HAVEN, Wis. -- At this year's British Open, Jordan Spieth and his caddie, Michael Greller, were bombarded with cell phone and photo clicks, many occurring in the midst of Spieth's backswing. Spieth and Greller, ever the gentlemen, politely asked the gallery to knock it off, but as the tournament went on, you could tell the issue was wearing on the duo. (By the way, thank God Stevie Williams wasn't on Spieth's bag. There would have been an international incident.)
Through early-morning play on Friday, Spieth, as well as other players at the PGA Championship, have not encountered any shutter-snapping sounds. And they won't for the rest of the weekend, either.
To combat this growing problem, the PGA of America has banned photo-taking for the Kohler, Wisconsin event. This is not a particularly innovative strategy. Augusta National prohibits mobile electronics for the Masters; the USGA just allowed cell phones at the U.S. Open for the first time in tournament history this year.
What makes this guideline unique at Whistling Straits is its administration. Meet the Mobile Device Policy Enforcement unit.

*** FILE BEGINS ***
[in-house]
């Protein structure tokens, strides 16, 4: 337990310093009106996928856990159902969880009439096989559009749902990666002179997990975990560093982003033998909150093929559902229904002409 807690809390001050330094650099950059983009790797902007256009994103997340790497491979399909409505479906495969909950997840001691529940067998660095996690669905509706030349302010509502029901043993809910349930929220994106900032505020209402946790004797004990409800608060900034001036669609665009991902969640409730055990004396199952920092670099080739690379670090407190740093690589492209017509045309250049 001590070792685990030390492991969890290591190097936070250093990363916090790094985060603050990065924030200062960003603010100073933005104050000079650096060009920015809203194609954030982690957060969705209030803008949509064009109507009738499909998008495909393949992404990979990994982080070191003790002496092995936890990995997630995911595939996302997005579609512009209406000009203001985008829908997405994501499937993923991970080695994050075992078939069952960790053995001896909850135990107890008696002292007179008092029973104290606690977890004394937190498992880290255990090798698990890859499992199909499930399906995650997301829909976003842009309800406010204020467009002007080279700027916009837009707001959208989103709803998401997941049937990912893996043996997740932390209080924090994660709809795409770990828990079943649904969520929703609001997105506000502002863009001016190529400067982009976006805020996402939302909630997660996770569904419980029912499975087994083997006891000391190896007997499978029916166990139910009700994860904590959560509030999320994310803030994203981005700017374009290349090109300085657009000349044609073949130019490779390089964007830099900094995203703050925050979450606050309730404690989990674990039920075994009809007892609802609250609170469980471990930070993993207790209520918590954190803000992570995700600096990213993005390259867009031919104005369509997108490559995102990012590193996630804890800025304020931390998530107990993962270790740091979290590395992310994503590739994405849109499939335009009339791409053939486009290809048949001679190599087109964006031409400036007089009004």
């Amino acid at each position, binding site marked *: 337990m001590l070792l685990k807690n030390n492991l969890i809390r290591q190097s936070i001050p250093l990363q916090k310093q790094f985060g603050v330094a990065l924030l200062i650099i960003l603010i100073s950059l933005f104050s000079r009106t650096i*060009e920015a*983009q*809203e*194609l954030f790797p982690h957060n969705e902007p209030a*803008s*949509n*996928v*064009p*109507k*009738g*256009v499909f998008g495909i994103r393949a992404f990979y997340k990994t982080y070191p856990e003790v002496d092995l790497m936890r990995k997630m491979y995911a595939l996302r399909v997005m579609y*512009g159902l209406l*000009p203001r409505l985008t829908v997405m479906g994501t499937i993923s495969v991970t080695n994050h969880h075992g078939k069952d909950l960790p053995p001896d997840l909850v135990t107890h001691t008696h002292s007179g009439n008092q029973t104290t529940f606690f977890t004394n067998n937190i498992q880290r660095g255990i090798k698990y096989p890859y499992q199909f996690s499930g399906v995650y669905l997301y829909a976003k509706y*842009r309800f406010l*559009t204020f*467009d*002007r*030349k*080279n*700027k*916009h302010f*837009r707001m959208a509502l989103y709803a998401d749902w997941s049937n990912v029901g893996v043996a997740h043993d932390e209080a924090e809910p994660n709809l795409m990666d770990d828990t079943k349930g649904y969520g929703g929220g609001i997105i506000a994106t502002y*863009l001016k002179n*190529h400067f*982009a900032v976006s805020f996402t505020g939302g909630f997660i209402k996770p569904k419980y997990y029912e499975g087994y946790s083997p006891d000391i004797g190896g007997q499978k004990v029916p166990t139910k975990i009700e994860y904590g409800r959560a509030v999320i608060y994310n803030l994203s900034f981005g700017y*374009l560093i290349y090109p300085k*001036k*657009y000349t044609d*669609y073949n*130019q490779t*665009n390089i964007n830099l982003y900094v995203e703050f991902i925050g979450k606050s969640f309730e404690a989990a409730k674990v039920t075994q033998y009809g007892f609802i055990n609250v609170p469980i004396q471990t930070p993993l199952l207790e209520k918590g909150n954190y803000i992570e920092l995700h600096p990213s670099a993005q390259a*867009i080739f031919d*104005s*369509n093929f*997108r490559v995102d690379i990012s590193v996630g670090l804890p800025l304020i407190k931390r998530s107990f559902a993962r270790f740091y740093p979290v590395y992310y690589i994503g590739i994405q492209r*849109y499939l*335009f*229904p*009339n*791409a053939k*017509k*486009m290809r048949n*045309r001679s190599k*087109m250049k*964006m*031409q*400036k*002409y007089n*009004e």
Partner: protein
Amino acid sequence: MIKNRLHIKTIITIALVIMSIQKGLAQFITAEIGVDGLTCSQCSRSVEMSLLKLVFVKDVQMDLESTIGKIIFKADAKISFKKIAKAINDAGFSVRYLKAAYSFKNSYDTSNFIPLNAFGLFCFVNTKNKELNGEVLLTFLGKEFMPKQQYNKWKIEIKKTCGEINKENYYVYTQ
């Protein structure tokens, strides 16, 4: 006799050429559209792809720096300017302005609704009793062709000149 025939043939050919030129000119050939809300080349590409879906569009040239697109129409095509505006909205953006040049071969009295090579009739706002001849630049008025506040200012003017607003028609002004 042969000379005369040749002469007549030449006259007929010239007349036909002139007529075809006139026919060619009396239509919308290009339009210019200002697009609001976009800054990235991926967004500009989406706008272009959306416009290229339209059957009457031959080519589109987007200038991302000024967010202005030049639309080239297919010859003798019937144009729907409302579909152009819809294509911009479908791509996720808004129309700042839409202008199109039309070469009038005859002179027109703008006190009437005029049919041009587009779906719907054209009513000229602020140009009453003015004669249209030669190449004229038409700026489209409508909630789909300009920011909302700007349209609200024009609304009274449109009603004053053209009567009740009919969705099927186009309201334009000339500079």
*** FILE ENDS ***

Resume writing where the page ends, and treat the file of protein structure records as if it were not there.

Each group of players at the PGA Championship will be guarded by members of this squad. Some of the marquee groups are given four cell-phone soldiers.
Their objective is simple: to seize any and all cameras used by the gallery in the midst of tournament play.
To clarify, fans are allowed to have cell phones on the Whistling Straits premises, but they can only use them in designated areas away from the action. If they try to push the limits of this allowance, the justice is swift.
Throughout the first two days, many fans complained -- to deaf ears, we might add -- about having their phones snatched from their grasps. The mobile unit is no-nonsense, unbiased and unwavering in this enforcement. Bend the policy, pay the price.
The instruments are eventually returned to their owners, but only once they leave for the day.
And for that, we say "it's about time." If you're a fan, you should be enjoying the beautiful weather and outstanding golf, not worrying about grabbing a blurred pic of Tiger Woods walking down the fairway to post to your Instagram feed that has eight followers.
History will be made this weekend at Whistling Straits. Luckily for the golfers, it will be their play, not the patrons, that will do the documenting.
(Special thanks to Stephen Hennessey for providing the photos.)